The tank doesn’t secure. It kind of rests against it with a tiny peg, but it doesn’t truly secure. Oh. Okay. Good.
When you power it on, it hums. Advancing through the three power settings conveys a gradually louder hum, but nothing was happening at the attachment – not suction, not water, nothing. I swapped it for one of the hard plastic heads and achieved suction, but the water would not flow.
After fiddling with the intake tube, I managed to get a drizzle and do the left side of my face from chin to cheekbone on the lowest setting. It was uncomfortable. The tank wouldn’t stay attached and would fall off. It was awkward to hold and use.
And I had a bruise around my nostril and chin. “Okay, I thought. Maybe there’s something I should be doing differently.”
Asking for Help
I emailed their support group to see if they can provide a manual since what is provided does not provide any instructive value. I received an acknowledgement that the included instructions are bad along with a PDF that is a bit better but NOT encouraging – it had a lot of warnings about bruising.
Red flag. A consumer skincare device should never put you at risk for bruising through as-directed use. EVER. That is an injury!
Giving It Another Shot
I tried what they suggested, but it was more fussing with the intake tube or starting the device against the back of my hand. The tank wouldn’t stay attached.
I never could successfully get it to run long enough to do my whole face, and I ended up with bruises two times on the lowest setting, without going over any areas.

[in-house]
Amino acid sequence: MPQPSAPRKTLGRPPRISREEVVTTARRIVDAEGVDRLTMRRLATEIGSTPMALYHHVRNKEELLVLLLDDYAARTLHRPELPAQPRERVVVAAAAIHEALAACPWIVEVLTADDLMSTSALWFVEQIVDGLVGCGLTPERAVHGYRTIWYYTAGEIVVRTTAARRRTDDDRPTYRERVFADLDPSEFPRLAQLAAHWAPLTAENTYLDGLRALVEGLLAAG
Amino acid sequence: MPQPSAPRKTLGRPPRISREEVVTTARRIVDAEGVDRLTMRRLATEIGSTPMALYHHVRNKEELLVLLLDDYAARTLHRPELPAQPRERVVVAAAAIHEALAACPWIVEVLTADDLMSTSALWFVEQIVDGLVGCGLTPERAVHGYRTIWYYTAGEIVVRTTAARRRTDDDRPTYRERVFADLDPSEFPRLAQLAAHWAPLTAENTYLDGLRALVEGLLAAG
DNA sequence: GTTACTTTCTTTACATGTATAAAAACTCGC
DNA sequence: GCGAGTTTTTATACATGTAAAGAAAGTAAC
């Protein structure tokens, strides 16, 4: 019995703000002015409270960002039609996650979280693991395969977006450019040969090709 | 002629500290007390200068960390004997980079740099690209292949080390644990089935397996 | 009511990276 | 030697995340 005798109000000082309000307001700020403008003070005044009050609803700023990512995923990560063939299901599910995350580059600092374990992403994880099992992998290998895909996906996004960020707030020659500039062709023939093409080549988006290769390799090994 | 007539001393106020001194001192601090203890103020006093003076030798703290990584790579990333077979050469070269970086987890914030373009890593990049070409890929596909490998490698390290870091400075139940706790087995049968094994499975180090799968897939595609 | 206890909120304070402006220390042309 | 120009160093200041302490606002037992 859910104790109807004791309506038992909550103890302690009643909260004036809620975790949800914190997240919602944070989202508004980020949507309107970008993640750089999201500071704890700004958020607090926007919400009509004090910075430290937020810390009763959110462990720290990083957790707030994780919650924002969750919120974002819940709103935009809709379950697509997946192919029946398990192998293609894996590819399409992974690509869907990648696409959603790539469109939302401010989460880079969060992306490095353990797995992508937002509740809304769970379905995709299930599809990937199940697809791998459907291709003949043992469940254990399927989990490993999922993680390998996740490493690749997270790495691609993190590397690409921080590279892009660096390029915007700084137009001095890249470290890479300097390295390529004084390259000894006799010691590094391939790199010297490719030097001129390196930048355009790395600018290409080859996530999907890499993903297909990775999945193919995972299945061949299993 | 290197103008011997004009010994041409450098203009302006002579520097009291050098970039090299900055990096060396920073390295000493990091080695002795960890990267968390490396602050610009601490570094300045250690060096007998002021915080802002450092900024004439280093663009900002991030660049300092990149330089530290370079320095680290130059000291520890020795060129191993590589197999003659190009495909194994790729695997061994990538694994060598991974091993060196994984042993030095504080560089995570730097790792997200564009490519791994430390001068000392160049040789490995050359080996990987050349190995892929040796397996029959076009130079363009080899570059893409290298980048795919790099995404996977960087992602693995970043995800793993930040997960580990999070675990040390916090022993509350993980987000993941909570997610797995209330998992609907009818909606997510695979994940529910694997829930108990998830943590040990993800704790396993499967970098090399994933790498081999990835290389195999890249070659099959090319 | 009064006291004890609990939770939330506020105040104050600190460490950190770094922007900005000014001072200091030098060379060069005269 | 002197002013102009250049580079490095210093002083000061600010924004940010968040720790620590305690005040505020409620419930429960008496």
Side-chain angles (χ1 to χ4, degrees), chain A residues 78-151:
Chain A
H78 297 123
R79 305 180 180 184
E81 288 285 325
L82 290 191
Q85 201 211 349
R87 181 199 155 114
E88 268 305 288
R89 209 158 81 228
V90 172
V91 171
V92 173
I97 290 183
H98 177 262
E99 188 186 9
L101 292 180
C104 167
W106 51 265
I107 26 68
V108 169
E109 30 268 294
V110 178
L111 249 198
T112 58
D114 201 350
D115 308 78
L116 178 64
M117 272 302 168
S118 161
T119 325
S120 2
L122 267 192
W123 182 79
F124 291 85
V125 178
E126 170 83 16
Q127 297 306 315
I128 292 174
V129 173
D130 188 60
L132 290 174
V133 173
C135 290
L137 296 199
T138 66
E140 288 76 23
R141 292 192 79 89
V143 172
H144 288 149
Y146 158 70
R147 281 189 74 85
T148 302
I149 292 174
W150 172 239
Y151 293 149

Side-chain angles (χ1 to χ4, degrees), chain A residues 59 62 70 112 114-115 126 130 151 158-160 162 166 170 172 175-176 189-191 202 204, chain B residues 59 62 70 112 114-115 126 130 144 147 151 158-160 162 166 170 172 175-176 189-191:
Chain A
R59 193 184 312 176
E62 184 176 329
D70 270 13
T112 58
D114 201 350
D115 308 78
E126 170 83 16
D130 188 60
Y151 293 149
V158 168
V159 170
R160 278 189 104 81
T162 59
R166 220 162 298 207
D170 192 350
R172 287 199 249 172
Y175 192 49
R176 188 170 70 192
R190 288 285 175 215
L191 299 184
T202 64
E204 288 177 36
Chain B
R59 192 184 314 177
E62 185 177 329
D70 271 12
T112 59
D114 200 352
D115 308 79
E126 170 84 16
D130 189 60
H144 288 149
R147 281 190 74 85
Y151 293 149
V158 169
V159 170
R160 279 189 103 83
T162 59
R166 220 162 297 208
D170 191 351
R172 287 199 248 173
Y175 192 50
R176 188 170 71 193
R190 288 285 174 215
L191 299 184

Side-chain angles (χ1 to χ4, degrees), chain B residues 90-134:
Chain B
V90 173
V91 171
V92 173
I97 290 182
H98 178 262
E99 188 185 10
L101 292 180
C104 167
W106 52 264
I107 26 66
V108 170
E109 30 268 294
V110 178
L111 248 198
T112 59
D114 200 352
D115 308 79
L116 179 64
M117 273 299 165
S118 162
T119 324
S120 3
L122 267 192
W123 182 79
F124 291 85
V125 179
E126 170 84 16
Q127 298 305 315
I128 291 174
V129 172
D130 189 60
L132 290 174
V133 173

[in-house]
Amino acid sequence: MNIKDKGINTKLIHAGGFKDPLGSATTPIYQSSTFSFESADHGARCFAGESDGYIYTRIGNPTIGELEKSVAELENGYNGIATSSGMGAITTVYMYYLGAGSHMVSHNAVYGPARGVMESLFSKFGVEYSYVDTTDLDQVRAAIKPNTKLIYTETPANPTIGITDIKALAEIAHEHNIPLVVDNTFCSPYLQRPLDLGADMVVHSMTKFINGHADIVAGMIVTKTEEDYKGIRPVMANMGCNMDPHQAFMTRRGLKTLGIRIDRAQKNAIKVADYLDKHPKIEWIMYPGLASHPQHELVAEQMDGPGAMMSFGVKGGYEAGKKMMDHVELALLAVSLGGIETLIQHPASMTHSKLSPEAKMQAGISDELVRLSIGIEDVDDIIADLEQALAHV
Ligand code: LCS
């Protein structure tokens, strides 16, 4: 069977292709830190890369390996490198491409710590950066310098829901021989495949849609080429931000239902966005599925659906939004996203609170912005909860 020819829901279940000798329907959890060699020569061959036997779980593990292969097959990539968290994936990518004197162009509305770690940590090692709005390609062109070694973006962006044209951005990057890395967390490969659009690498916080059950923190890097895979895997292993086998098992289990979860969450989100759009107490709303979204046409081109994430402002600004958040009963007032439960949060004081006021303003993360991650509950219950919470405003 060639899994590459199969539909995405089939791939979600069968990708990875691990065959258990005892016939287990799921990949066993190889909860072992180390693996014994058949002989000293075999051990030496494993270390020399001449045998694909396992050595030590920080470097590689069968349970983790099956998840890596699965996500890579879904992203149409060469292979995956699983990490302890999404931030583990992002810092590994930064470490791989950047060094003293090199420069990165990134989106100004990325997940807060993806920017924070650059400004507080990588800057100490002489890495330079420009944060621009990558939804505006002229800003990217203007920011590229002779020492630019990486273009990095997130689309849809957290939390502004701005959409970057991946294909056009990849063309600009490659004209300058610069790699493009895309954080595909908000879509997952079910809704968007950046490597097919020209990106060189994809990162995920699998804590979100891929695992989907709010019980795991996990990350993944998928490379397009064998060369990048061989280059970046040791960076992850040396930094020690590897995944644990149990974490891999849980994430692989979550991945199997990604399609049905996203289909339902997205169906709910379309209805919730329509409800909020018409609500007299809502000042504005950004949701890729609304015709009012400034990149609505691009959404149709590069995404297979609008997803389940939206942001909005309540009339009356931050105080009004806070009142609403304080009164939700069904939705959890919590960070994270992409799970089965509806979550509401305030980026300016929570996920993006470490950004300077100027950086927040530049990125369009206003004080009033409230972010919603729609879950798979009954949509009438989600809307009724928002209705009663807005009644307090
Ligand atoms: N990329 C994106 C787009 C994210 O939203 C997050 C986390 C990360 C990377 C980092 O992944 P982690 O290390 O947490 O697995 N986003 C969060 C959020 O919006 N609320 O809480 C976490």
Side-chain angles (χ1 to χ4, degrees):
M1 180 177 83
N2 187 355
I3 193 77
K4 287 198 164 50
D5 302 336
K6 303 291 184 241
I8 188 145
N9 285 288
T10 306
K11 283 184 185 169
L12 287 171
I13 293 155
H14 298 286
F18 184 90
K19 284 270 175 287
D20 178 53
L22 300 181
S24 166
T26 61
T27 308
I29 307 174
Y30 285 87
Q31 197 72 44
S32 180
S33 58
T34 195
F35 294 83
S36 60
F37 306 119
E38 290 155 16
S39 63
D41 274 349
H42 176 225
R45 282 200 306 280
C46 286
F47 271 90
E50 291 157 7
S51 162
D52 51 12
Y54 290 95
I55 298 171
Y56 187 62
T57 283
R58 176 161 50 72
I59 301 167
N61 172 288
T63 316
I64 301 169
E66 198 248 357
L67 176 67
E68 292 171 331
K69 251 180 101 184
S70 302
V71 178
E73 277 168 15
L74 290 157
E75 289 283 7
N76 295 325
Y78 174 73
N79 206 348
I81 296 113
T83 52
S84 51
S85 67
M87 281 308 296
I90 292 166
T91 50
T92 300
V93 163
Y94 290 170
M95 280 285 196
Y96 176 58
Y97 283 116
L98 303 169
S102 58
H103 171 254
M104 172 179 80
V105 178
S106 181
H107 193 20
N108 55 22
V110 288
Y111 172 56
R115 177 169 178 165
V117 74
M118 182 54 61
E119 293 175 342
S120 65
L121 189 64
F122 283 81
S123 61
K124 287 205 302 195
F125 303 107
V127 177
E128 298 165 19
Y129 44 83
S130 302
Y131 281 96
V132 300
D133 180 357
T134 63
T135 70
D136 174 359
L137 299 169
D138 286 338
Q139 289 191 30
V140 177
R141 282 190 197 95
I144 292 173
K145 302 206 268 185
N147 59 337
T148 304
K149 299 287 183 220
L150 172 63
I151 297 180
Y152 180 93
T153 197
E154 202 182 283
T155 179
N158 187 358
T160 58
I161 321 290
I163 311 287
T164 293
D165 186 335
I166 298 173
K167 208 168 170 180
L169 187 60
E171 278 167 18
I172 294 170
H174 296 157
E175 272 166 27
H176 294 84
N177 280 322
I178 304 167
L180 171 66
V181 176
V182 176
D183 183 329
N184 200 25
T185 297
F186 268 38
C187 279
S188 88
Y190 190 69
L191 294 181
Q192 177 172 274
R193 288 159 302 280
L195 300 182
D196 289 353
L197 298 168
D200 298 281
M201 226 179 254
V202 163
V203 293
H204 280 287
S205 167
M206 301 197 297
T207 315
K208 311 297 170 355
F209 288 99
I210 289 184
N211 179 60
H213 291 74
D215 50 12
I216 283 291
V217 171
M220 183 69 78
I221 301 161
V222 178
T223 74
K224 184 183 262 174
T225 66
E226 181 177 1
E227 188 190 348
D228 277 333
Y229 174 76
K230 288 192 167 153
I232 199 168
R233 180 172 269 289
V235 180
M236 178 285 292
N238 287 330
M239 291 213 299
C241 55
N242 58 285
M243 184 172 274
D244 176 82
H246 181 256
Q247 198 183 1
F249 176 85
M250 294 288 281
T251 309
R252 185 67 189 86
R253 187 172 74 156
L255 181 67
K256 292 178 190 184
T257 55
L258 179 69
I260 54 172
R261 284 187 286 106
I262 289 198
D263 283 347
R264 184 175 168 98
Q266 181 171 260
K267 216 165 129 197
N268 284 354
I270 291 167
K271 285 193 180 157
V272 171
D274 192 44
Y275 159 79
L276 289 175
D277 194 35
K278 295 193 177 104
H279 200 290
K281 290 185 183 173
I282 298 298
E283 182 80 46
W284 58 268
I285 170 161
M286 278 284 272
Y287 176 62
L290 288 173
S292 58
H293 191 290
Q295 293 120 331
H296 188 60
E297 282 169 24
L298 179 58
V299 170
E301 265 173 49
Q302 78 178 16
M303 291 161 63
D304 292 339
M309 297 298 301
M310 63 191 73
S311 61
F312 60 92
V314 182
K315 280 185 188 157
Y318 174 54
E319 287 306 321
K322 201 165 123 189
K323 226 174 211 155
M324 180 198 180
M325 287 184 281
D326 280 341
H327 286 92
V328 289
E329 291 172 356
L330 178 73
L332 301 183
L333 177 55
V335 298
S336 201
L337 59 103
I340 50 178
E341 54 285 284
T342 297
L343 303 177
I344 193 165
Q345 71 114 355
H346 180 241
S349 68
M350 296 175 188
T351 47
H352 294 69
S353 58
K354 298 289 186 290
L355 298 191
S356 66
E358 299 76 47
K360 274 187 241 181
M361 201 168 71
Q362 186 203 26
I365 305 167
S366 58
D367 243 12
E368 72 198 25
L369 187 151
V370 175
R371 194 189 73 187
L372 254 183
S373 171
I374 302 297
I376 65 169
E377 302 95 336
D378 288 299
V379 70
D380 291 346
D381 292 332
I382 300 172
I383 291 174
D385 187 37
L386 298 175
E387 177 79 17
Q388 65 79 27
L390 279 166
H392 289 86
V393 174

I was genuinely stunned. I’ve never used something THIS BAD.
Enough is Enough
I reached out to their customer service again to explain these issues and request a refund. It’s important to point out how incredibly rare it is for me to return something: it has to be genuinely, spectacularly bad – and injury and horrible build quality to the point where the device won’t even stay assembled during use – is that.
“Sure,” they told me. “We’ll just need you to send us a photo of the device in its original packaging to ensure it hasn’t been broken or any pieces are missing. Then, we’ll send you the return address. You will pay for return shipping, and once we receive it, we will refund you, less initial shipping.”
Under normal circumstances, that would be a reasonable ask. These aren’t normal circumstances. I explained that the issues I’ve experienced are extenuating (it injured me when used 100% as directed) and that I hoped we could work together on a more satisfactory solution. Also, it isn’t as though this device could be resold. I looked into shipping out of curiosity, and it would cost me about $25 – nope!
The Bottom Line
I don’t like being an unreasonable consumer. I’m not even mad about this because I knew it was a gamble going into it. However – selling such a wildly low quality device with known safety issues is not acceptable. I’ll stick with my trusty chemical exfoliants, like Tarte Knockout.
That was a week ago, and I heard no response. This shady company isn’t keeping my money, so I filed a dispute with PayPal today and they ruled in my favor in minutes – so I have my money back.
Skip the HydraSkin Hydra-Dermabrasion device, no matter how much the ads compel you.